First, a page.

Today's Lectionary Text
To the leader. A Psalm of David, when the prophet Nathan came to him, after he had gone in to Bathsheba.
Have mercy on me, O God,
For I know my transgressions,
You desire truth in the inward being;
Create in me a clean heart, O God,
Then I will teach transgressors your ways,
O Lord, open my lips,
This Psalm is a traditional reading for Ash Wednesday, and it begins with a reminder of our human brokenness and need for repentance. It’s hard sometimes to hear that we have done something wrong, that we have harmed others. Ash Wednesday is the reminder of the price of our brokenness. We live in a world where there is brokenness and pain, and where we experience the mortality of our physical body.
For two years I served as a Clinical Pastoral Education resident at the University of Kansas Hospital. My first year, I was the chaplain on call for Ash Wednesday. I was called to so many different places in the hospital to provide the imposition of ashes for doctors and nurses who simply could not get away from their work to attend mass or services, as well as for patients.
I remember being struck by how universally recognized and requested the ashes, those symbols of grief and repentance, were that day. I’d begin imposing ashes for one person and it seemed like a line would form right behind of others who wanted to receive the ashes. These ancient practices of the church still feed a deep hunger in our soul, even in the modern world.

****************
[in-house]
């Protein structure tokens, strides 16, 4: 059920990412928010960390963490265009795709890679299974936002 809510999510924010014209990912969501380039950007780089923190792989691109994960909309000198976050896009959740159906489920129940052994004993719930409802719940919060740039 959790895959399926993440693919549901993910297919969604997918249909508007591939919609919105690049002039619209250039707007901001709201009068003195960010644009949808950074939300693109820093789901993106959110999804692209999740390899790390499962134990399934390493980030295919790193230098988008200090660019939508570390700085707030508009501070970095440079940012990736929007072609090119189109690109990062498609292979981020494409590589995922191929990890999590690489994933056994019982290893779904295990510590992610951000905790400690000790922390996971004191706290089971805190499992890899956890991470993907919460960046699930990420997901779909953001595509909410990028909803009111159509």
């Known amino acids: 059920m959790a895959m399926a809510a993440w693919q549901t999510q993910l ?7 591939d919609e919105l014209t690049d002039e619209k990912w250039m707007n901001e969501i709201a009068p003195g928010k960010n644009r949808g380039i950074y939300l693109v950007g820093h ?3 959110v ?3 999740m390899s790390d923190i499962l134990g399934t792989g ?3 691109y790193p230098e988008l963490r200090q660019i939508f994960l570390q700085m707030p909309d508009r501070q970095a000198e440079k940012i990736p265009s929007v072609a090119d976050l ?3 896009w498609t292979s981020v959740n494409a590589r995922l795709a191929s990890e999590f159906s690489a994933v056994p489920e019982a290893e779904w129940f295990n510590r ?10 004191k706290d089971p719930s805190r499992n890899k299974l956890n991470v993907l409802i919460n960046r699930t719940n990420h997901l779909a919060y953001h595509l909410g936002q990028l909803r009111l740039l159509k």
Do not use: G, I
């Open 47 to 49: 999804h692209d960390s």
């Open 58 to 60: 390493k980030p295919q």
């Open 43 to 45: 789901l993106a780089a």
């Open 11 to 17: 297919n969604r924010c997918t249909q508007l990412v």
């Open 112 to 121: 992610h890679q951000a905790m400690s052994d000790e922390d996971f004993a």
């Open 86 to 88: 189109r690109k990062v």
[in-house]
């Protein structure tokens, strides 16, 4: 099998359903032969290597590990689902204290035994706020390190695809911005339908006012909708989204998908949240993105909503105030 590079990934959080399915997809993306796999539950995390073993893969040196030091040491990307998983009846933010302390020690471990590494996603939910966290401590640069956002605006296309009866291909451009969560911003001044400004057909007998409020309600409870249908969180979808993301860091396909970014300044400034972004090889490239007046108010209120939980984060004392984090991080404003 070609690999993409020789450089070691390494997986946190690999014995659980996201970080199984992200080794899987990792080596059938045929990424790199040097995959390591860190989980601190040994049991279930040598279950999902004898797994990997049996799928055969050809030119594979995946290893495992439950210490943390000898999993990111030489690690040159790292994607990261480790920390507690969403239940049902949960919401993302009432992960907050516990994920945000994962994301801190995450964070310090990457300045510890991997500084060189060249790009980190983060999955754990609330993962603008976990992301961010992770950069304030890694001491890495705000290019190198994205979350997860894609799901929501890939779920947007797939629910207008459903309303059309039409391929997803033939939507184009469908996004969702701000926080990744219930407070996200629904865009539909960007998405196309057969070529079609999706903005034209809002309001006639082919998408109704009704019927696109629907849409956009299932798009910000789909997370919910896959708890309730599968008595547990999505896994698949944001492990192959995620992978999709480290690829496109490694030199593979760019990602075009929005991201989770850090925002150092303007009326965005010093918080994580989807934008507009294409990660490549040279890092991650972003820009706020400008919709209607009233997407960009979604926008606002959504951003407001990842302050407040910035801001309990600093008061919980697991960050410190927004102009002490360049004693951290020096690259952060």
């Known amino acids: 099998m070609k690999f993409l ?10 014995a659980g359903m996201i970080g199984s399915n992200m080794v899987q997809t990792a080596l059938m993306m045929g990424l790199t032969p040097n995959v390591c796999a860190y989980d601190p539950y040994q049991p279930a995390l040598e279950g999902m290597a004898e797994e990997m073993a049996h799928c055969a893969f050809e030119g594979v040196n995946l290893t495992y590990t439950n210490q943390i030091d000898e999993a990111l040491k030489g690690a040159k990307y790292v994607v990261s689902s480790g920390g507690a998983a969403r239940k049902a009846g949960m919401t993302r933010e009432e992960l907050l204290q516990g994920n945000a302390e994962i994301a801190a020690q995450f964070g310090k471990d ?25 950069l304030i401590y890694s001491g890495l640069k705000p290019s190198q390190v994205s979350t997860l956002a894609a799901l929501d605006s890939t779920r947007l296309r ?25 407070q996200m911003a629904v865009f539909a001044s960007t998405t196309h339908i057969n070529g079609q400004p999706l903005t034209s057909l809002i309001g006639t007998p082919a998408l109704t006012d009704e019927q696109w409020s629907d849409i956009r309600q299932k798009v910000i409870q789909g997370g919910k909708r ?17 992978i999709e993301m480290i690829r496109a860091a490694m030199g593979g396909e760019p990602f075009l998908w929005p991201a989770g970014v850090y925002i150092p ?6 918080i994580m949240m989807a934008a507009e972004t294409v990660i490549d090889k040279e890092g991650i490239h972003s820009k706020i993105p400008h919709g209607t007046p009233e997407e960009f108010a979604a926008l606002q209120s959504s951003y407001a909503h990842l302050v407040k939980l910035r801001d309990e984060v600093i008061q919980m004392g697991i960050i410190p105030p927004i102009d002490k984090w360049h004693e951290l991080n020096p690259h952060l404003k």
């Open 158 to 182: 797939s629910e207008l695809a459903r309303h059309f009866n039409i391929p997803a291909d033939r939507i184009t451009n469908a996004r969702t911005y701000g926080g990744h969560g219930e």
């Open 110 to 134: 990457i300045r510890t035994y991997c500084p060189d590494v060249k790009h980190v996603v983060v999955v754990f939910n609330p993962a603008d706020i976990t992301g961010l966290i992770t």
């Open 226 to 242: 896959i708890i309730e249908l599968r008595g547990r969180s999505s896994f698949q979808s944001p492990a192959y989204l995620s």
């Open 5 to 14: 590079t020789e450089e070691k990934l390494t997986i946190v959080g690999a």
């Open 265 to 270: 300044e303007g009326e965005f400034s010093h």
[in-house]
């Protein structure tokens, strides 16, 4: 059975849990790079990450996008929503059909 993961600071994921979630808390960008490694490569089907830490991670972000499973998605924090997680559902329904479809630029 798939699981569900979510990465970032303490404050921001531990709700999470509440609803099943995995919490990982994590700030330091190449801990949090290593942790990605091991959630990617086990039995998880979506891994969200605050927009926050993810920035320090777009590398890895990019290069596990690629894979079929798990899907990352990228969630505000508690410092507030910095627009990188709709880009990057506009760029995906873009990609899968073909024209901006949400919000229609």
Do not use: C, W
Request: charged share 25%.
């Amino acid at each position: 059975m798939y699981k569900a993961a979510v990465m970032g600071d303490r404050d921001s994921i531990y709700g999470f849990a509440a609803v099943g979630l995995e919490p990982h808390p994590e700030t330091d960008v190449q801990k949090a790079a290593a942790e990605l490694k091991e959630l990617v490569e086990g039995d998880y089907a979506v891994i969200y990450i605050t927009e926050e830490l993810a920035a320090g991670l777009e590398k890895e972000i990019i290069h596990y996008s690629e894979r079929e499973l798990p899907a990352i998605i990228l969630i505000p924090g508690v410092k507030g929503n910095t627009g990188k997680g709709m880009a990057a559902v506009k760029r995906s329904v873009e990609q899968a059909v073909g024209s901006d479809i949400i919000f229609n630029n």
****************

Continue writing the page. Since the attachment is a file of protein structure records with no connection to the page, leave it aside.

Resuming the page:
But most of all, I was struck by the nature of using a reminder that “you are dust, and to dust you shall return” in a place where for some that return to dust was staring them right in their face. In my work in the hospital, I came to recognize just how much we do to deny, avoid, and prevent death, and yet the fact is, we are all mortal. We do return to the dust of the earth from which God created and breathed life into us. I have come to recognize that being reminded of our mortality is in many ways a blessing and an opportunity. Life is all the sweeter because it is limited and precious. And the call to repentance is a gift and an invitation to live each moment with a clean conscience and with the promise that even when we do terrible wrongs, God will walk with us and make us new every day.
Lent is an opportunity to walk with Christ and to allow our brokenness to die with him on Golgotha, on that Cross. It is a chance for us to allow our hearts to be broken by the things that break God’s heart too. War, poverty, injustice, all of those places where sin has divided us, can be healed by God’s grace. Prayers, fasting, and almsgiving are ancient practices that are needed now more than ever in this world.
Pastor of Bassett and Springview (Nebraska) United Methodist Churches
Prayer for Reflection
O God, you remind us that we are dust and to dust we return. Help us to face bravely and boldly our mortality, and to live as people who are ready to die, so that we may live into the promise of life abundant through your son, Jesus Christ. Amen.
This Week's Lectionary
This Week's Liturgical Color